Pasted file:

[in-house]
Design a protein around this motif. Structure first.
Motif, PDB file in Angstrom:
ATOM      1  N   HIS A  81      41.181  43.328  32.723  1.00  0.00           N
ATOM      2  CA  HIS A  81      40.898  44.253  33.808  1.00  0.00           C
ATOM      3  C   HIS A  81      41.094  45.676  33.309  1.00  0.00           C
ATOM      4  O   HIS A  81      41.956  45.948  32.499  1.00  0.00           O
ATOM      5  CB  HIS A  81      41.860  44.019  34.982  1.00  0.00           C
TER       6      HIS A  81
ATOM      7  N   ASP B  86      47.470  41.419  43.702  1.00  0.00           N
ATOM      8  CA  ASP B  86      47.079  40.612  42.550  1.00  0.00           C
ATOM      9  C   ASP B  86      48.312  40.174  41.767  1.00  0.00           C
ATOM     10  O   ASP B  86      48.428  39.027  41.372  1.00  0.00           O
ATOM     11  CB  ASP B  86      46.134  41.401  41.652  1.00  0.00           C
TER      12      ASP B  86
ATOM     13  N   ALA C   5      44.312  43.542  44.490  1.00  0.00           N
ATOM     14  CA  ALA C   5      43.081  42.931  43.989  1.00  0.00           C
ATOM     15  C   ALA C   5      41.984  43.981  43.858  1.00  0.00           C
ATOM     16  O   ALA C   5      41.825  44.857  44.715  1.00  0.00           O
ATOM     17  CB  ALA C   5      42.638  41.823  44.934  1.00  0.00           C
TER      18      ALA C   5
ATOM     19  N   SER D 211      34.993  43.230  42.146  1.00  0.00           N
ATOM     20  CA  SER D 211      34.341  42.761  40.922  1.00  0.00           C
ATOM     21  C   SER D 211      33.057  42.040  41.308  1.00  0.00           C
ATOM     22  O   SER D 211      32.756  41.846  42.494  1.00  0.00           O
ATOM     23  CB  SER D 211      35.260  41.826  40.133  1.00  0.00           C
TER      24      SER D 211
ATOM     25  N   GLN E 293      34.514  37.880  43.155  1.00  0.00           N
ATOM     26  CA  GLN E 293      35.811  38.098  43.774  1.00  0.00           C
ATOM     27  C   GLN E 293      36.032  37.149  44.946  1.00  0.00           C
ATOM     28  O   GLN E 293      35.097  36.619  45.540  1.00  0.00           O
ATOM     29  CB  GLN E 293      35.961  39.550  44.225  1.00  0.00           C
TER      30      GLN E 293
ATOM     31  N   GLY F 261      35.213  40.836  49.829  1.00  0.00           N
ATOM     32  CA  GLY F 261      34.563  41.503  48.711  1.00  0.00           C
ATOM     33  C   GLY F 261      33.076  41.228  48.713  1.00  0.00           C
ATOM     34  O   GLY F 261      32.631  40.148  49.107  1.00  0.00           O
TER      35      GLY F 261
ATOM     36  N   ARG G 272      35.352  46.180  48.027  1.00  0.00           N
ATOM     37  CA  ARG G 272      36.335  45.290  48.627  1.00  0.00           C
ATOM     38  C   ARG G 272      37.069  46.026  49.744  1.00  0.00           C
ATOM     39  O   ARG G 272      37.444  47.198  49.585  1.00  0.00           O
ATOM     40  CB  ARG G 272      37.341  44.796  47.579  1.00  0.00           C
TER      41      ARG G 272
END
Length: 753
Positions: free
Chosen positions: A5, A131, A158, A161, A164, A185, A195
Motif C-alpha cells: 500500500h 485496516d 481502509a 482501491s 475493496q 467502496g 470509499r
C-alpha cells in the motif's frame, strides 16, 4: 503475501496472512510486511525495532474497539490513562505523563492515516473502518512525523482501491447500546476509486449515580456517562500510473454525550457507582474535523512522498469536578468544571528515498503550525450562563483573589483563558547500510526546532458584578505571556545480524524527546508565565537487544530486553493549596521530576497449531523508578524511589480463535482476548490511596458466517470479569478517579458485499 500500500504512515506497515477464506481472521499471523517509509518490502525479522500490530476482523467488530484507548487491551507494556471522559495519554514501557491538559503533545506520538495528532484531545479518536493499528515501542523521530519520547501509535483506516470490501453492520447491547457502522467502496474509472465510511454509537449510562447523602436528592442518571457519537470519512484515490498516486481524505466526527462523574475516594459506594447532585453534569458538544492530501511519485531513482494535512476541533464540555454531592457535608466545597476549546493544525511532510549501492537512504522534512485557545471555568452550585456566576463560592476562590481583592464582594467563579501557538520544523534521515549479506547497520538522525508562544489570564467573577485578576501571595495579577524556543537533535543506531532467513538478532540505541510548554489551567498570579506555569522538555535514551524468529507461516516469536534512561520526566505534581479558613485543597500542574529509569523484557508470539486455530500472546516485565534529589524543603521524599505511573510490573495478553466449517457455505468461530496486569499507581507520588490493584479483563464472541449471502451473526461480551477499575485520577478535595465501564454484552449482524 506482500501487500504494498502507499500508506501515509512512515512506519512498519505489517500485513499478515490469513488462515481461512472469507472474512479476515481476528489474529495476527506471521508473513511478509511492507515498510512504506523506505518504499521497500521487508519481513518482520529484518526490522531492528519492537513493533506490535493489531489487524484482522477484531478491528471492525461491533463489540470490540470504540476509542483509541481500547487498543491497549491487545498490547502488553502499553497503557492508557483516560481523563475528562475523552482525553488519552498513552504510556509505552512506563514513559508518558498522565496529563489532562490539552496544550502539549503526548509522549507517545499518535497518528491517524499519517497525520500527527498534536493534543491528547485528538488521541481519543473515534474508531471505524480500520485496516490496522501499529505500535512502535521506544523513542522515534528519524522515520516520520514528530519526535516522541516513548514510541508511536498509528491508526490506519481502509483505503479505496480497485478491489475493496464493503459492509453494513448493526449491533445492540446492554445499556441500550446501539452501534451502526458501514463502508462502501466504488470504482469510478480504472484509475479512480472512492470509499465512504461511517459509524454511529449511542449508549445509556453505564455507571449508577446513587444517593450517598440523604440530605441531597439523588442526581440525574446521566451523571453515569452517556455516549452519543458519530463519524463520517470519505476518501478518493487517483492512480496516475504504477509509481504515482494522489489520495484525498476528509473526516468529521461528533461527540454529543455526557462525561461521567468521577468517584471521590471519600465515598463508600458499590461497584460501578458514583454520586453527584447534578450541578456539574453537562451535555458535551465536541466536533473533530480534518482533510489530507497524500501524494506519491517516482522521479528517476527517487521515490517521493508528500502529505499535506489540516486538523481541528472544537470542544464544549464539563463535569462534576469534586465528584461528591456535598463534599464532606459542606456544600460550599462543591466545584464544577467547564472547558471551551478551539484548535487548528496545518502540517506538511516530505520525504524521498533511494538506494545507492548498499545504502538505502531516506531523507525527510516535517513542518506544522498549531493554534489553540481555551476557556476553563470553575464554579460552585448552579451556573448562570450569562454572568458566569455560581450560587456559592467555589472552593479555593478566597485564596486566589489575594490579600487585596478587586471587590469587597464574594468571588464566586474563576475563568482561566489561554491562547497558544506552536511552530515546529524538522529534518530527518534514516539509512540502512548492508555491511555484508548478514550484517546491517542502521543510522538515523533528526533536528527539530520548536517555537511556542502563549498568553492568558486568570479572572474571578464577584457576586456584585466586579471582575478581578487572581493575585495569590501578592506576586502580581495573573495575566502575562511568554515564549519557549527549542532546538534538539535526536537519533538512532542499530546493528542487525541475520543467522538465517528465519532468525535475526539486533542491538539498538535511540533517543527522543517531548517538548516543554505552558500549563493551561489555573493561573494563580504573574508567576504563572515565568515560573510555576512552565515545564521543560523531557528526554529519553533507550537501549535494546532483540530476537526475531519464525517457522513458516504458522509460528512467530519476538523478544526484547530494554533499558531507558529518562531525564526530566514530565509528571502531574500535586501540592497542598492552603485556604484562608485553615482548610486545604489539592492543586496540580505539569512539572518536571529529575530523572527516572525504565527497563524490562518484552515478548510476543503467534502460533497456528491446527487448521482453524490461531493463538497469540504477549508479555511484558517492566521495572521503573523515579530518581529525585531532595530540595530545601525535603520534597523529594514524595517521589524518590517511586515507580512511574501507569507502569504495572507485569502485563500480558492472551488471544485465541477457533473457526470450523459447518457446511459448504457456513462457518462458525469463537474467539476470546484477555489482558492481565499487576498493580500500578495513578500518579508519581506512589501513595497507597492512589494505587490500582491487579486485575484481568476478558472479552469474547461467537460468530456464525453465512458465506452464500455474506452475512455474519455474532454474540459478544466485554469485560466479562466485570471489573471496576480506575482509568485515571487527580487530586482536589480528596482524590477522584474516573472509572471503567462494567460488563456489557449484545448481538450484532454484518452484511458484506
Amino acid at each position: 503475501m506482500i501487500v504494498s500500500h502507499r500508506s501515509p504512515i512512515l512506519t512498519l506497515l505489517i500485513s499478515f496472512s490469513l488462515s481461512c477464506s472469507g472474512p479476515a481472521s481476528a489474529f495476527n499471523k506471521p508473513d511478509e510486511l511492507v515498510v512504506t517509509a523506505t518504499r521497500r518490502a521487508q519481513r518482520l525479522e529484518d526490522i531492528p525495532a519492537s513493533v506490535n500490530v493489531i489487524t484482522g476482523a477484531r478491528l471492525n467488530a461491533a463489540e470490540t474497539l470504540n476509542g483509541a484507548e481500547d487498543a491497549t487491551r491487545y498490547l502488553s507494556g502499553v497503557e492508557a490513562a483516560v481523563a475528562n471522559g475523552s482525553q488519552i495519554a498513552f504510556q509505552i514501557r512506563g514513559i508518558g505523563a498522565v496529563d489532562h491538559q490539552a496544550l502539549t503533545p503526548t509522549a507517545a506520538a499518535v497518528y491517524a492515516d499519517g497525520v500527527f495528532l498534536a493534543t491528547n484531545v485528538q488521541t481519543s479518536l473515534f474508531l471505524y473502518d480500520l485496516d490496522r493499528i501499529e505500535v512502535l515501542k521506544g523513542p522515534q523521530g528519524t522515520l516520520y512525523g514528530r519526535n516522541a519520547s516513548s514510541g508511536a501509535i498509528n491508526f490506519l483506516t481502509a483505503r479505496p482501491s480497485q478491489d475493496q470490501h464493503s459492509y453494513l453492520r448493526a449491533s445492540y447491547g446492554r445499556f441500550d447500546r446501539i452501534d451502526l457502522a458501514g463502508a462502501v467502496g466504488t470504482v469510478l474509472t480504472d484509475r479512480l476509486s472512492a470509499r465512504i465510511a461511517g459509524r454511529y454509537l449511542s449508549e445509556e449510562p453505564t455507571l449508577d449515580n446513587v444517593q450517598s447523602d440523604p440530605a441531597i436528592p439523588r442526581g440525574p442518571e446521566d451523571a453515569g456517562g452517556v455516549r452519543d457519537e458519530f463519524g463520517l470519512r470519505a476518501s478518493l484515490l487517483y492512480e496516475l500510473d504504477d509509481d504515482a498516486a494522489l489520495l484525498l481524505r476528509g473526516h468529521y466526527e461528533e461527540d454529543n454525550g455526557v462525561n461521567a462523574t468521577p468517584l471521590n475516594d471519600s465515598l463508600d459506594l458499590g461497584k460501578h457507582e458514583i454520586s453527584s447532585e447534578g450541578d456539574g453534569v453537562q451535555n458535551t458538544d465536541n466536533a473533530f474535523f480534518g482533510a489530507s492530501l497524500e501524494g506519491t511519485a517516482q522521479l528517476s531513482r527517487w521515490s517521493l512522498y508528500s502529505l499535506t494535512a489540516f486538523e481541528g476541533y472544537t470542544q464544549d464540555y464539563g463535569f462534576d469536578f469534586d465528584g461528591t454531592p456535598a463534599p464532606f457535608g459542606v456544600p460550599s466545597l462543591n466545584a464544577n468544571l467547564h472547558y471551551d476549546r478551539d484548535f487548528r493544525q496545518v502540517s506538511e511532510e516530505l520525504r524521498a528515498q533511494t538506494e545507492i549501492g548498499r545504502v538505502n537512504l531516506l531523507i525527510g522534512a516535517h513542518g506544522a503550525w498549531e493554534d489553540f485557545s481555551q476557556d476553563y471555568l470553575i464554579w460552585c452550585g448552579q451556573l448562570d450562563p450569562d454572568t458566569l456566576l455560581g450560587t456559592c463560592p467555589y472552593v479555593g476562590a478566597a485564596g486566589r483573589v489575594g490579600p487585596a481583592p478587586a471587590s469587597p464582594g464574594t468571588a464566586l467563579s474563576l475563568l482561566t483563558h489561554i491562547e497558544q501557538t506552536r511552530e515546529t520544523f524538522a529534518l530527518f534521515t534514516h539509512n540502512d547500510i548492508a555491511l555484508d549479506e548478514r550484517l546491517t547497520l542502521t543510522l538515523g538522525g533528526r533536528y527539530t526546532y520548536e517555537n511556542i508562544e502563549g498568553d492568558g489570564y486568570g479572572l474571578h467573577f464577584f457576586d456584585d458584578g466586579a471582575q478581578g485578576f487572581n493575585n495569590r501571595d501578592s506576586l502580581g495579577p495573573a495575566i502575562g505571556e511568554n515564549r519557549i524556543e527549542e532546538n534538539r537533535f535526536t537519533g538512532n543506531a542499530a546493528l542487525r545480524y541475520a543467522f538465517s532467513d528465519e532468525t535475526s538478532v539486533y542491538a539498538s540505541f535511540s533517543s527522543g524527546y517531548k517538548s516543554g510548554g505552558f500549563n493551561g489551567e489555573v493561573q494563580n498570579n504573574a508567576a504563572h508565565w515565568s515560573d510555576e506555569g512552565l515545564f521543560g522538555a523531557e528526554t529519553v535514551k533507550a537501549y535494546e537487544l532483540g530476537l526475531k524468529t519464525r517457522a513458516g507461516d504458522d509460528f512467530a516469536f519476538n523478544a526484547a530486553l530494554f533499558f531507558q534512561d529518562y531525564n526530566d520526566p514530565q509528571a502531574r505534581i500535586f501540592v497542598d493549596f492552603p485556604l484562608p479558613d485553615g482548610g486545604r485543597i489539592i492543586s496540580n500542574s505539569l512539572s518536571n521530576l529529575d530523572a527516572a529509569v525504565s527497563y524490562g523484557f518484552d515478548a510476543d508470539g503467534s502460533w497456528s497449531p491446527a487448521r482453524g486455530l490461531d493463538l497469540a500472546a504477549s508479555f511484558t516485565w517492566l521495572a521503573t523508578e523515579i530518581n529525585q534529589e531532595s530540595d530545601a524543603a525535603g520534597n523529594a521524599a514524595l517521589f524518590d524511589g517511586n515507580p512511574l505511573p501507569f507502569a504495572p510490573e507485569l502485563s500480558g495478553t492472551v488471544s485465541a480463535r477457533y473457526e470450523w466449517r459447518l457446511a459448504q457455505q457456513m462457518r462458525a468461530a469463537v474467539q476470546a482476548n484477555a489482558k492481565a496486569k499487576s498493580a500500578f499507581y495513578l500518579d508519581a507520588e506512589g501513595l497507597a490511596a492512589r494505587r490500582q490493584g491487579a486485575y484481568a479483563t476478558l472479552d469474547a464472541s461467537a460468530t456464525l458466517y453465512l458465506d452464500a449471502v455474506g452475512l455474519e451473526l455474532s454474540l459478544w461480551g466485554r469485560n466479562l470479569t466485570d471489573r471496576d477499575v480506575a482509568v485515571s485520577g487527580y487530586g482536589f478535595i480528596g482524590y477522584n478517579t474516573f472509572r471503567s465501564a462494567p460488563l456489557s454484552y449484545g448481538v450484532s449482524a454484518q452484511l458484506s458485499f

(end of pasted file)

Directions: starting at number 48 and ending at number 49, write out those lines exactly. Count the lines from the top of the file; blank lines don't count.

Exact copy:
Chosen positions: A5, A131, A158, A161, A164, A185, A195
Motif C-alpha cells: 500500500h 485496516d 481502509a 482501491s 475493496q 467502496g 470509499r